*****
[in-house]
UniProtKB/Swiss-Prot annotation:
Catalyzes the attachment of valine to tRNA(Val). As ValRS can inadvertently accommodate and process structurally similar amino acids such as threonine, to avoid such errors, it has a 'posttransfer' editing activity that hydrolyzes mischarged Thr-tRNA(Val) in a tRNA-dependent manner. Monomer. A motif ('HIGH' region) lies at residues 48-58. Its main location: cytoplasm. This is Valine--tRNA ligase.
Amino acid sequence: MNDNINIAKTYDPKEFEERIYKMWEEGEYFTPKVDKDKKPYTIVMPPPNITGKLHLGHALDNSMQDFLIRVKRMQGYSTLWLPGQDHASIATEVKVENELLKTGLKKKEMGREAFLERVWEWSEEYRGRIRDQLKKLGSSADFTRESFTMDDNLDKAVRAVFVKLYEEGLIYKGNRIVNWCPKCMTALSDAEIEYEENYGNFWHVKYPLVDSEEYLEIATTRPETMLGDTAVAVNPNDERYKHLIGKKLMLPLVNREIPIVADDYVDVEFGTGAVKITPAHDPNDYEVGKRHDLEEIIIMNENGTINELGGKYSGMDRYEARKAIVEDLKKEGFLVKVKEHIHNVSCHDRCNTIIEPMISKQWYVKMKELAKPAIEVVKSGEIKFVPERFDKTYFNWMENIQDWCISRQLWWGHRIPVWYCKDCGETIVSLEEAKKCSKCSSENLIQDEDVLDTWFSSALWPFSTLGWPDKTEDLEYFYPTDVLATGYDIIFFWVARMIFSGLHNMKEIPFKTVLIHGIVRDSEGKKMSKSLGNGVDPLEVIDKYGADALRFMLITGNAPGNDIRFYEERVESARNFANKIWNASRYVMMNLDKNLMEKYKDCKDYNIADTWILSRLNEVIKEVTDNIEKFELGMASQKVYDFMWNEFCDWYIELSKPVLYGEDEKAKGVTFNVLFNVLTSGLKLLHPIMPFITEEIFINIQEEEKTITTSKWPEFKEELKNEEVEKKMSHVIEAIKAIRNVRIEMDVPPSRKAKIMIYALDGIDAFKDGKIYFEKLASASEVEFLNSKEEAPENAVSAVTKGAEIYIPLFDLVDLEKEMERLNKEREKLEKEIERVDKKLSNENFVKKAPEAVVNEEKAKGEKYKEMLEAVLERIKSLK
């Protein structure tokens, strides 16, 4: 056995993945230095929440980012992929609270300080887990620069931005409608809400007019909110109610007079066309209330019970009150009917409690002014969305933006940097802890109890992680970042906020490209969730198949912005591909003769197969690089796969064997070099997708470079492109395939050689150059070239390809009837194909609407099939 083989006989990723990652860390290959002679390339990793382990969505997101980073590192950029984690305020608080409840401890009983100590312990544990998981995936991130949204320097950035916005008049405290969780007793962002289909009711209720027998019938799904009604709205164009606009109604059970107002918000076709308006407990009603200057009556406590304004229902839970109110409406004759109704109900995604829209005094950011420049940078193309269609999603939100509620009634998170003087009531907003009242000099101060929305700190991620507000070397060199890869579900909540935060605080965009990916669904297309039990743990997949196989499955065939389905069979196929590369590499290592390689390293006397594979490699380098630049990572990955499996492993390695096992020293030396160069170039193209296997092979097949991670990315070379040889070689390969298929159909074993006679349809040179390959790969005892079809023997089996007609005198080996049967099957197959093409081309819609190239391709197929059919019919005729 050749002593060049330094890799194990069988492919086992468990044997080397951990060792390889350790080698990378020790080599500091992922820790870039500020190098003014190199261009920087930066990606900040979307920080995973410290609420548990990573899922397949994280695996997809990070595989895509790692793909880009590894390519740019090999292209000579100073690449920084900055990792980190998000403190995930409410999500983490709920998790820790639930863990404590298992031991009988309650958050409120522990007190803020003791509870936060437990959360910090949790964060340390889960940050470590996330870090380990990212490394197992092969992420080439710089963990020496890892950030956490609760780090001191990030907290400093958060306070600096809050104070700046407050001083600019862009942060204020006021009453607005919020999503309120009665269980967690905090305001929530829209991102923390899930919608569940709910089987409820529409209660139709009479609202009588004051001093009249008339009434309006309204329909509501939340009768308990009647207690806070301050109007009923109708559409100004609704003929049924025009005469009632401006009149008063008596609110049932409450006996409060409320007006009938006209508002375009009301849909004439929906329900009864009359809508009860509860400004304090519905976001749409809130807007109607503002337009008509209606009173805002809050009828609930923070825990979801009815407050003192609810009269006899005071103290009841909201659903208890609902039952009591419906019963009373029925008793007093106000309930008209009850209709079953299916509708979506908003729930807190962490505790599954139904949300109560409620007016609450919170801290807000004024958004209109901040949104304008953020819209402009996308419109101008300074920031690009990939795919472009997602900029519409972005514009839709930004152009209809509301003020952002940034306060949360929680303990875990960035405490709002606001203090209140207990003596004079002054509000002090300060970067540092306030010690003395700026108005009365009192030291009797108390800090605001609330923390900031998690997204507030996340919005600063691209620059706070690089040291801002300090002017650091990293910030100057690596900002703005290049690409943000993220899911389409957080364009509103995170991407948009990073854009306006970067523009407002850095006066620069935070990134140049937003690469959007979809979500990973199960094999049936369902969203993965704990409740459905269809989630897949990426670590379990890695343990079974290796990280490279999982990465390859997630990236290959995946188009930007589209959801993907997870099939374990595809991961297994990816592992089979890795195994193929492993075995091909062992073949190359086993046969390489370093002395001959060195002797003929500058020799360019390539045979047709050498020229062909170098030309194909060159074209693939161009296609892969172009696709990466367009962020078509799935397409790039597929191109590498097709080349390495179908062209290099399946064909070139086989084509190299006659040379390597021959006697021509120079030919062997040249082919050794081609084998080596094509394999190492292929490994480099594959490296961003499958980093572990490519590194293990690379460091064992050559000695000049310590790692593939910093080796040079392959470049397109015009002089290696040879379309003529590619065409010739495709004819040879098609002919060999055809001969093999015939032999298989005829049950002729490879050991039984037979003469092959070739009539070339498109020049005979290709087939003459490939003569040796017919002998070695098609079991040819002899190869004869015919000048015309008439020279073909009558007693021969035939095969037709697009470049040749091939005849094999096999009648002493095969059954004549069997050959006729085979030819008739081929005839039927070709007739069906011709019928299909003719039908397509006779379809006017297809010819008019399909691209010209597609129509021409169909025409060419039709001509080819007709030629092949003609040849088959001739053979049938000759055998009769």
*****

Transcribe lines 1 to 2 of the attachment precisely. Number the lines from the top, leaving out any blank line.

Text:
[in-house]
UniProtKB/Swiss-Prot annotation: